I know you are doing the best you can for your dad. But I know I was also resentful and angry with my siblings for not doing their share. I tried shaming and being angry but nothing could get them to pull their weight in my eyes. If you are feeling burnt out, please consider talking to family therapist or joining a support group.

Thinking of you.
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wnchome, I agree with all the prior repliers. You really can't do anything about siblings who are either no longer interested in your dad or who are in denial about his condition and the amount of care you are providing him. You could ask to have a family meeting to discuss the situation -- asking might work for you (it didn't for me).

Your dad should be paying you at least his $1,200 monthly income for board, room and care (and a lot more from his savings, if he has any), but it should be via a signed and notarized contract that details the care that his doctor says he needs and that you are providing. Check with your state's Medicaid office to make sure your contract is in compliance with its 5-year financial look-back rules so that your dad won't be penalized should he eventually need Medicaid assistance to live in a memory care or skilled nursing facility.  You may intend to always take care of him, but there is a reasonable probability that there will come a time that his care and your health will both benefit by him moving to a good care facility that is close enough for you to visit frequently.  You shouldn't feel guilty about him paying you and by having him do that you'll have more financial resources you can then use to supplement his comfort in a likely future stay in some kind of facility and to use for a possible guardianship filing should that become necessary due to your siblings suddenly regaining interest in your dad's health care and finances and if their new interest is malicious rather than helpful.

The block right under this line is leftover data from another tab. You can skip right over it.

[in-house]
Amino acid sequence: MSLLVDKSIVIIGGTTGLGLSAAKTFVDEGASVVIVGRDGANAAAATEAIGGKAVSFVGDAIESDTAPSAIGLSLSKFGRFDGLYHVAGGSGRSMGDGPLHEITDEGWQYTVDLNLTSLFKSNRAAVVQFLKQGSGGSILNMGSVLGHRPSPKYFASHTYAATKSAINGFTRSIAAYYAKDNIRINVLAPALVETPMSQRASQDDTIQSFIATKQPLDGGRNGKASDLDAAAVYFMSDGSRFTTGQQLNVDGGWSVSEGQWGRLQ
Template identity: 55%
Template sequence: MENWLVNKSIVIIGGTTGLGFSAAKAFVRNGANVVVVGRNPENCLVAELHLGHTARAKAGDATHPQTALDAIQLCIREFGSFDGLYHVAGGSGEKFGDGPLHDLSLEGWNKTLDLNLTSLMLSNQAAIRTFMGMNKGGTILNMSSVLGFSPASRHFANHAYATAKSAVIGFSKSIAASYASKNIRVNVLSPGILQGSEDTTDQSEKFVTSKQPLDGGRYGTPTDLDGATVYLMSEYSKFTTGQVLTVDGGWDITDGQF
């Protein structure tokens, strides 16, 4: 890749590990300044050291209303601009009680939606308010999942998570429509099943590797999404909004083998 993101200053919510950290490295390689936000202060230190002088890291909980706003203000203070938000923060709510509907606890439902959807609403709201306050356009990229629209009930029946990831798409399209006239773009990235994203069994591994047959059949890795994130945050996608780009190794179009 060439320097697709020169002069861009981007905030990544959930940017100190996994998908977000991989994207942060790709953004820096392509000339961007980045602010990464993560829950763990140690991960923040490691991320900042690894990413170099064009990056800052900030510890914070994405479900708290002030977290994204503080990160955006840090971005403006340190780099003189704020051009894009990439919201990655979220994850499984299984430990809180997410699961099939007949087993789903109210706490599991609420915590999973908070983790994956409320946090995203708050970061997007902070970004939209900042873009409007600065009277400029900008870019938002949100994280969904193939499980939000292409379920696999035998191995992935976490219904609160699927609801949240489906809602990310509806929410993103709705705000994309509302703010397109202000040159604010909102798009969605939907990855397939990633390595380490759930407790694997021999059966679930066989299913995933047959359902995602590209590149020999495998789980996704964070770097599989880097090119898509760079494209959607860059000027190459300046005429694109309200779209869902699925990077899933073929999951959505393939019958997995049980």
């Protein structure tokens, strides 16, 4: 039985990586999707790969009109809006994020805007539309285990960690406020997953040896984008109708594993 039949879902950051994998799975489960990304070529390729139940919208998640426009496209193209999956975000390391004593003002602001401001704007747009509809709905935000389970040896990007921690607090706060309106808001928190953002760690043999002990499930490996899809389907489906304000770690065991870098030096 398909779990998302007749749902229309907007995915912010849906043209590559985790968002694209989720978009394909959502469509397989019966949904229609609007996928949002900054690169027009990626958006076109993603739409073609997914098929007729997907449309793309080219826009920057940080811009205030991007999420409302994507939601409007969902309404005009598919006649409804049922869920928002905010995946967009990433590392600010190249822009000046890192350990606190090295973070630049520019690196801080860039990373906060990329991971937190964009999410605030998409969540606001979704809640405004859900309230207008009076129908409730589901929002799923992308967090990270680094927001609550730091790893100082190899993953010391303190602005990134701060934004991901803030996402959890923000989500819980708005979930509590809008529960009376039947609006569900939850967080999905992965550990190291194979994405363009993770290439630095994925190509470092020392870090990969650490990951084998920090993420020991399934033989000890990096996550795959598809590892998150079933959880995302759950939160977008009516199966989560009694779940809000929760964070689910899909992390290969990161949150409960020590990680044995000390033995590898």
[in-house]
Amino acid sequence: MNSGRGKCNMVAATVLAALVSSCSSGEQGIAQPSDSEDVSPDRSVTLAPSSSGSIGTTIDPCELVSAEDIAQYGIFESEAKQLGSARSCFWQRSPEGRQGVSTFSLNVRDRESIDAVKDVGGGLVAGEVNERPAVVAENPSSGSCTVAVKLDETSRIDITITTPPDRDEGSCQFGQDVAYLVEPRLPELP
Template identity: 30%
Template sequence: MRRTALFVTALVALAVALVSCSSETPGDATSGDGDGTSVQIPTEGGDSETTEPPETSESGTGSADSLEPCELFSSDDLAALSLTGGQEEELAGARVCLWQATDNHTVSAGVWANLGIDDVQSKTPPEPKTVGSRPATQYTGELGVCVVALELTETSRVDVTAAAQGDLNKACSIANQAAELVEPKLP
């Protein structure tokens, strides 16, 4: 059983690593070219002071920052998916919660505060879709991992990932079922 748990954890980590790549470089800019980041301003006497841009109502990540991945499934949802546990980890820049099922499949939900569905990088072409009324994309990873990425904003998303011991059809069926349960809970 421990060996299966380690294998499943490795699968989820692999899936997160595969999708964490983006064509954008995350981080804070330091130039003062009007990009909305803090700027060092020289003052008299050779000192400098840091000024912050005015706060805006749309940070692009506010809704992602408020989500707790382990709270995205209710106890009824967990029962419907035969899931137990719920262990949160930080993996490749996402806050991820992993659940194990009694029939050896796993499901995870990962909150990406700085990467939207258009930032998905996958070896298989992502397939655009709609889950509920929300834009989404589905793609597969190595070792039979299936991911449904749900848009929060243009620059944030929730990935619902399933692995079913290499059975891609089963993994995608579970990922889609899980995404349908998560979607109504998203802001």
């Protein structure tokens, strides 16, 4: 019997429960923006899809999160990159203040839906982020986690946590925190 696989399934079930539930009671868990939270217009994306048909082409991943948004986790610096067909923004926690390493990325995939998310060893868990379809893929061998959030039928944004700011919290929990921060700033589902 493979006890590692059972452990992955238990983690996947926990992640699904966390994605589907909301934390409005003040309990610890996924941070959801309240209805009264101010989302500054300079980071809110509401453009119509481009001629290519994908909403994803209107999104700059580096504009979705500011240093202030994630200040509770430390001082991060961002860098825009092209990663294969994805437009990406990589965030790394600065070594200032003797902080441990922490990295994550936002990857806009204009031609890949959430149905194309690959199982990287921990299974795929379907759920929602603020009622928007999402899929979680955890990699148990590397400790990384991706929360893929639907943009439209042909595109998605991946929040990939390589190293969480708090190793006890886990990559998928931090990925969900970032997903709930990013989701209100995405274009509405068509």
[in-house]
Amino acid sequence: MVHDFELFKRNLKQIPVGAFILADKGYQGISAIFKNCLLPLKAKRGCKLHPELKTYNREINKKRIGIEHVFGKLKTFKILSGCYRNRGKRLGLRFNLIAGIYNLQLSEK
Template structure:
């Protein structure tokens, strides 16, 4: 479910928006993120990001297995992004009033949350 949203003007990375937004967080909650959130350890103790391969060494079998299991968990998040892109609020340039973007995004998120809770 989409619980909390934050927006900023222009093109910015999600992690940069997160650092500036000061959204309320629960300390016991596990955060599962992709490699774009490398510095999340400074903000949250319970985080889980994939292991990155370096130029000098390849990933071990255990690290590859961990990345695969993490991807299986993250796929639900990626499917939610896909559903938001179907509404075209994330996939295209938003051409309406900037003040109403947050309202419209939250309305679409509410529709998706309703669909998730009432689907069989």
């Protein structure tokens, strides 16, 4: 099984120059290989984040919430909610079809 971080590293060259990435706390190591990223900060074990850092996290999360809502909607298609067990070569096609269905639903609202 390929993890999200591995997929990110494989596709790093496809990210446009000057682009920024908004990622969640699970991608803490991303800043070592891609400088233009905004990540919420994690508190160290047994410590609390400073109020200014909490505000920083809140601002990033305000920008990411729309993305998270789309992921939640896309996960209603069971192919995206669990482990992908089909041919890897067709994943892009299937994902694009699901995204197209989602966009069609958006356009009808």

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You can do nothing about siblings abandoning your dad. Sorry.

My mother had no POA in place and did not have an advance directive. Of course we tried to convince her to do those documents, but she didn't. We had no problems proceeding with her care. We would have preferred a written document, but we were pretty confident we understood her attitudes about medical procedures.

If Dad is on palliative care, I imagine the next step is hospice. Is there any reason not to proceed with that?

You mention his finances. Is that a problem area for you? Does he pay you for room and board and/or caregiving? Does he have a will?
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But to answer your question, you can't do anything about siblings abandoning your Dad. It's a sad fact that many on this board have family members that disappear when a loved one needs care and only show up at the funeral or reading of the will. For the most part, unless you live in a filial responsibility state and your siblings are held responsible for care (not easily done unless dad gifted them huge money and that doesn't sound like the case.), you can do nothing about an adult child that leaves a parent that is not their legal responsibility as power of attorney or guardian. As gee says, if you need help with care, money, etc. you need to contact a hospice company see if he is eligible for hospice at this time. At some point, you may have to apply for legal guardianship if you have no legal paperwork to make decisions for him.
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Since you are the primary caregiver, it seems like you can move ahead on any appropriate plan of action. Ask dad's doctor to write a script for a hospice evaluation. Meanwhile, call every hospice group in your area and ask what services they provide. Choose the one that has the services/frequency that meets your needs. That will give you immediate help. AND it will give him the attention he needs!